Mom was fine with it, Dad never knew for sure

Dear Me in 1985,
Greetings from 26 years into the future!  We still don’t have flying cars, but there is lots of other cool stuff.  The main reason I’m writing is to let you know that life is not going to turn out how you imagine it right now.  The future you’re envisioning for you isn’t going to happen, but that’s ok.  Life has a peculiar way of working out, and at the time, things look like they are falling apart but you get by.  Life has made you a lot tougher than you ever gave yourself credit for, things that you can’t even imagine right now.  I want you to know what you can change, what you can’t, and what you probably shouldn’t change. Maybe if I had done some things differently, life would have turned out better, but things aren’t bad now, I have a feeling we’re in a place we’re supposed to be at 42.  So where to begin???

First, you are gay, I know coming out of the closet seems impossible right now, but if you can, don’t wait until 30 to start really living your life honestly like I did.  Mom was fine with it, Dad never knew for sure, but Mom said he suspected it and even asked her about it.  I found out I could have come out in college or shortly afterwards and would have kept most of my friends.  I waited too long, and I have paid the price.  Now I’m 42 and single, and I’ve always been single.  Things might have been different if I had come out earlier and started dating when I was younger and still attractive.

That’s another thing, quit telling yourself you aren’t attractive.  You were much cuter than you ever gave yourself credit for.  Time won’t be kind, so make the most of it now while you can.

College will be an amazing time for you.  You will have more friends than you ever imagined, and while you feel like an outsider in high school, in college you will feel popular.

First of all, architecture does not pan out.  You will make it far in architecture school, but you won’t be able to cut it in the end.  It’s difficult, it’s disappointing, but you get by.  You’ll always have an interest in it, but it won’t be your profession.  Of course if you can avoid a certain professor with the initials M.M. in architecture school, things might turn out differently!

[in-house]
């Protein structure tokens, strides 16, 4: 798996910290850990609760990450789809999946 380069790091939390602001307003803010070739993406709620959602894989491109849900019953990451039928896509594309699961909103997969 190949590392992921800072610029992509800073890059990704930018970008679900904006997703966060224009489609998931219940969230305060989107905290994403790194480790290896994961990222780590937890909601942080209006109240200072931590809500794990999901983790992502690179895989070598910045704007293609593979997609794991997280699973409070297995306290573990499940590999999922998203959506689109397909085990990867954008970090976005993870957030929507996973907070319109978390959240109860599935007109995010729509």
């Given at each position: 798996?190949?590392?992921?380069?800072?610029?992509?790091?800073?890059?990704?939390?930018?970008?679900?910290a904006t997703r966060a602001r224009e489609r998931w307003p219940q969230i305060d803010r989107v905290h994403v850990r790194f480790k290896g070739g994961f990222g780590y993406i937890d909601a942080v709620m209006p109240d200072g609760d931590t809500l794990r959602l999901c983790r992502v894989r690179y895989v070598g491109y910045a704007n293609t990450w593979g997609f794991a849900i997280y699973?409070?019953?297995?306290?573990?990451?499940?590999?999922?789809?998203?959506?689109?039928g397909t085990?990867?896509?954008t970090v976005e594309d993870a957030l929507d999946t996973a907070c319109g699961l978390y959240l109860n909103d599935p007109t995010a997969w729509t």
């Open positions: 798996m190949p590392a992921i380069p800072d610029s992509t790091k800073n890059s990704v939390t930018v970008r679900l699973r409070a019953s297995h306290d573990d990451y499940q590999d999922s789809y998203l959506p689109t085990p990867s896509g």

I know it sounds unlikely, but you will join a fraternity.  It will be the best decision you make in the first 42 years of your life.  It will provide you with a support network, the best friends in your life, opportunities galore, and it will even lead to your career!

Make the most of the time with Mom and Dad and the dogs.  Dad will have horrible health problems in the 1990s, and will pass when you are 31. When you are 30, the opportunity will arise for you to come back home after many years away – take it!  You will be glad you have that nine months.

You will get to see much of the world that you dream about seeing at 16.  You will have been to Paris. You will have travelled to much of Europe.  You will get to share much of this experience with Mom, and it will make her so happy.

You won’t be rich, at least not in the first 42 years.  Save as much money as you can.  Don’t rack up credit card debt in your 20s if you can avoid it.  Things will look bleak that decade as you enter the work world.  You will struggle financially at jobs you hate.  That will change when you turn 30.  You will find a career you love and you are still in it today at 42.  You still won’t be rich, but you will enjoy what you do.  Most people don’t get to say that.  Most importantly, you will make a difference in the lives of lots of college students.

You are going to make a very close friend “D” in the 1990s.  He is going to leave in 2000 and go to Champaign, Illinois.  Go look for him, before July, 2000.  If you don’t, you will never see him alive again, and it will eat you up inside for the rest of your life.

In 2011 you are living in the house you grew up in with Mom.  Now you have to help her.  Her health is good, but financially the world has changed. Things are tough.  It’s just the two of you and Lucy and Ethel (schnauzers).

Things may not sound great, but don’t let yourself get down.  You can change a lot of this, or you can just let it happen.  If you decide to go with the latter, I just want you to know things are ok.  I am happy with how things have turned out.  I have shifted my priorities and grown up a lot.  The difficulties have made me much, much stronger, and you aren’t so afraid to stand up for yourself in the future.

There’s still a lot ahead.  I take it one day at a time now.  When I was your age, I used to live in the future, now I find I live in the present.

Good luck, enjoy the road ahead.  Take advantage of the opportunities, but don’t worry so much, it will turn out ok in the end.

See you in 2011.

John

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